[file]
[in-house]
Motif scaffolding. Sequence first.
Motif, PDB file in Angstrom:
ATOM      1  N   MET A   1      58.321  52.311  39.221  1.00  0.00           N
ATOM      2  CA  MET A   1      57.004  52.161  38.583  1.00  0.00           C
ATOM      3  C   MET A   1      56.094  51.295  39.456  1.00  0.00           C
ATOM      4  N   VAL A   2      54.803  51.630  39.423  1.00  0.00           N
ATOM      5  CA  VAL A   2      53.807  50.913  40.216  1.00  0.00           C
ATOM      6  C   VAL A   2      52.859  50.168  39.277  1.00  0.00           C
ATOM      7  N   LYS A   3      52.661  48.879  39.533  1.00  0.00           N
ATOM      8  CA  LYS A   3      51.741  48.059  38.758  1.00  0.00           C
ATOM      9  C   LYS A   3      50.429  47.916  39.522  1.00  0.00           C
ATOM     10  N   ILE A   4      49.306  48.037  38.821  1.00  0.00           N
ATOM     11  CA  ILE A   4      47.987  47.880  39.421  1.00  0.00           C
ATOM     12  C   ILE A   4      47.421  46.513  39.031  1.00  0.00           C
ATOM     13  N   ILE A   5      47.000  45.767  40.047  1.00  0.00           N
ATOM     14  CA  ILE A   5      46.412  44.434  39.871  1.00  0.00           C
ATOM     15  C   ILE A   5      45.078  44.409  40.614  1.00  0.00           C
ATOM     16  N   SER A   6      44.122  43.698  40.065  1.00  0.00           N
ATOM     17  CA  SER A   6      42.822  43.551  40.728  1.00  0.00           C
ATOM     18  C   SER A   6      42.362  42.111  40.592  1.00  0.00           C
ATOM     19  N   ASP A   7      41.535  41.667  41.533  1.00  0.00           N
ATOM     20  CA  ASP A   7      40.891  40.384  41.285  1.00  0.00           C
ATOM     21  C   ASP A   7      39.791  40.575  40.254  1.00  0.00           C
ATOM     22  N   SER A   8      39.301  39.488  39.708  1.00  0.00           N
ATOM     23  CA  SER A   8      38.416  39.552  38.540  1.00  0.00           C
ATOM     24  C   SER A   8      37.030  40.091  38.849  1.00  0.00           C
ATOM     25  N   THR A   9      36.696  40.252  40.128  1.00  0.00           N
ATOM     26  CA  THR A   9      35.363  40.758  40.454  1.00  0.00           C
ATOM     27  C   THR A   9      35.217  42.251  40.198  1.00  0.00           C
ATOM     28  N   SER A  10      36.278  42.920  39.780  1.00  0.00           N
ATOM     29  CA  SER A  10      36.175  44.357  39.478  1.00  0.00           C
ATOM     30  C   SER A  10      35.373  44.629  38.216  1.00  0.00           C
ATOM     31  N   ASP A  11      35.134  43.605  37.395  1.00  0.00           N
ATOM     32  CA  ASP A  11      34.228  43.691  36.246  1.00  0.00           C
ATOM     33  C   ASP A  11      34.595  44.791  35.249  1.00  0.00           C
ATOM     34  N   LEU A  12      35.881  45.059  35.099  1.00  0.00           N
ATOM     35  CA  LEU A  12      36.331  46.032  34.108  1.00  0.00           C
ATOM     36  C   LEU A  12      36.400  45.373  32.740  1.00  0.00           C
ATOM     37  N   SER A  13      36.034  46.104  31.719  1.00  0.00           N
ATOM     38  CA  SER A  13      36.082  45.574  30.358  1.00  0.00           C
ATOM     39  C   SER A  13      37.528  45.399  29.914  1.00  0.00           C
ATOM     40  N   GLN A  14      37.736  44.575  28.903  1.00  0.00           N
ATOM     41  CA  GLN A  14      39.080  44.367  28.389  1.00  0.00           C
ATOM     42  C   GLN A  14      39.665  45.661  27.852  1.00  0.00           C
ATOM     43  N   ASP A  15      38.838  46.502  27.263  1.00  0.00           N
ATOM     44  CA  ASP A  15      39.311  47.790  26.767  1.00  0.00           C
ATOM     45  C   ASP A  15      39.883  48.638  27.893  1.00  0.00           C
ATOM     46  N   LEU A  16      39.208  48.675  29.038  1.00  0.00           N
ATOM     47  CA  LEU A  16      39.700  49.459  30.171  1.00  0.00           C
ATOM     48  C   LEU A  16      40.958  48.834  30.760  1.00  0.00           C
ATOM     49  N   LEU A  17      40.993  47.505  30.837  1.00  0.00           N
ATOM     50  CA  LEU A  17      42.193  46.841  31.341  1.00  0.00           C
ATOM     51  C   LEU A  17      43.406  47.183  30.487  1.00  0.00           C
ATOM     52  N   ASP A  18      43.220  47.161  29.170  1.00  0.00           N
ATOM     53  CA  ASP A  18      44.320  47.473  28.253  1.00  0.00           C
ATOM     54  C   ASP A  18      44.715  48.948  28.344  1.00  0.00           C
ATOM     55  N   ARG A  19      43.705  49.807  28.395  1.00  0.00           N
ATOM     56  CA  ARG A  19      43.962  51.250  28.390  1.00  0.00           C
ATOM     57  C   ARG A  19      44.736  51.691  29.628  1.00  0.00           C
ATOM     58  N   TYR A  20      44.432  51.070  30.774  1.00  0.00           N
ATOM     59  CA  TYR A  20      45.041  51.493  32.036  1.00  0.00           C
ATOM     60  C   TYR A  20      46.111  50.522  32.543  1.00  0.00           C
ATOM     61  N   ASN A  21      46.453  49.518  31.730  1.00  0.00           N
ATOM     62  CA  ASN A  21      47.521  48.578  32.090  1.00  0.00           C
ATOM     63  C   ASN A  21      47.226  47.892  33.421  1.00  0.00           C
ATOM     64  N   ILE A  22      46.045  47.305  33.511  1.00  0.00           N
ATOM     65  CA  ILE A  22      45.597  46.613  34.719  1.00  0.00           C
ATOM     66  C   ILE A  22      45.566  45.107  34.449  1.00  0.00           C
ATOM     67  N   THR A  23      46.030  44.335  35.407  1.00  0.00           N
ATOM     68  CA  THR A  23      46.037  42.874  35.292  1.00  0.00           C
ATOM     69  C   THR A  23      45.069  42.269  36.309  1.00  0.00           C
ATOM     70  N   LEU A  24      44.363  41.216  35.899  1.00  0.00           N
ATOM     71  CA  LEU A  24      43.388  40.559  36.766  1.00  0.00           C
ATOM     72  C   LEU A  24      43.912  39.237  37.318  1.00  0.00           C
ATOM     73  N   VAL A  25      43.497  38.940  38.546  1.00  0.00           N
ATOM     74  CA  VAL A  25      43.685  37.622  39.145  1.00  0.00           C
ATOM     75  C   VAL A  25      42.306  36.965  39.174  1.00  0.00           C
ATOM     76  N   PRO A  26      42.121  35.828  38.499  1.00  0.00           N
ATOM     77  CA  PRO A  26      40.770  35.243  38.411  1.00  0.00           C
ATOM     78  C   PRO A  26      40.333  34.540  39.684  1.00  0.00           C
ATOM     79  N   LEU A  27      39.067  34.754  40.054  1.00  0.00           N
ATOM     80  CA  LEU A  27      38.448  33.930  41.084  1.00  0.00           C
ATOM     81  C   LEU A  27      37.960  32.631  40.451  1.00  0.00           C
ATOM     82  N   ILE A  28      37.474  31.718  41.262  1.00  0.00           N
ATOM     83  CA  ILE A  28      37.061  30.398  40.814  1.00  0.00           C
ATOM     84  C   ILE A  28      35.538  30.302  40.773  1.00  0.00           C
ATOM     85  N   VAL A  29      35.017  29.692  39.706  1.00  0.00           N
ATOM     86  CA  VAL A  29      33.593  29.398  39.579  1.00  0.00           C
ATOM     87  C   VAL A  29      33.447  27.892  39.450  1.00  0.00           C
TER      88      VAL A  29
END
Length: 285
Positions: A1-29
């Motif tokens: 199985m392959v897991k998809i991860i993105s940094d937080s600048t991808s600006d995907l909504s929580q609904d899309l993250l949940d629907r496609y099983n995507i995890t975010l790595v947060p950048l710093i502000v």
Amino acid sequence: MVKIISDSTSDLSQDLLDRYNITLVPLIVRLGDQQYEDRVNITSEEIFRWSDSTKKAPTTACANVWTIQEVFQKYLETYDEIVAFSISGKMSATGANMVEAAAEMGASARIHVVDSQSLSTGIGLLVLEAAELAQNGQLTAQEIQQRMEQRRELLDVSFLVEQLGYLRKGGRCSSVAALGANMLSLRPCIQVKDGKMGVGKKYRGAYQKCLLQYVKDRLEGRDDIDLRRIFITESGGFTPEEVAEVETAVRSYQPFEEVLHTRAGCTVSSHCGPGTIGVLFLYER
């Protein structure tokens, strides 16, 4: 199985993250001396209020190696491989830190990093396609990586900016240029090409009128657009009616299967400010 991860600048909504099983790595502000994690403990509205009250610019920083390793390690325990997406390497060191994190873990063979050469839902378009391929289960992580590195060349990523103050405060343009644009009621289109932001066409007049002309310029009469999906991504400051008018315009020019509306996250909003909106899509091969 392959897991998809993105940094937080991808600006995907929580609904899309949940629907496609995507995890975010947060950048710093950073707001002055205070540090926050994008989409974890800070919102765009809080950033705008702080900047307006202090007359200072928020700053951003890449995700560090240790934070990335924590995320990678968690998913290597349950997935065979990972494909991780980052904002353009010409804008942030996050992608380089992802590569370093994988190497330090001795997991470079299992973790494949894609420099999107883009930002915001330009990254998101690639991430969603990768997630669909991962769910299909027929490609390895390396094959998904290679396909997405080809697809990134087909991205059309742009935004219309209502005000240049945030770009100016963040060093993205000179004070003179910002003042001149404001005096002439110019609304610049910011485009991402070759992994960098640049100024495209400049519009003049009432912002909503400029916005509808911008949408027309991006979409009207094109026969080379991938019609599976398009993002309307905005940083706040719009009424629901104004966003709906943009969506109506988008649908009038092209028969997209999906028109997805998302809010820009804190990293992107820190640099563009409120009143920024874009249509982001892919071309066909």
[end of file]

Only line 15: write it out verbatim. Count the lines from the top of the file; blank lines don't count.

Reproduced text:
ATOM     12  C   ILE A   4      47.421  46.513  39.031  1.00  0.00           C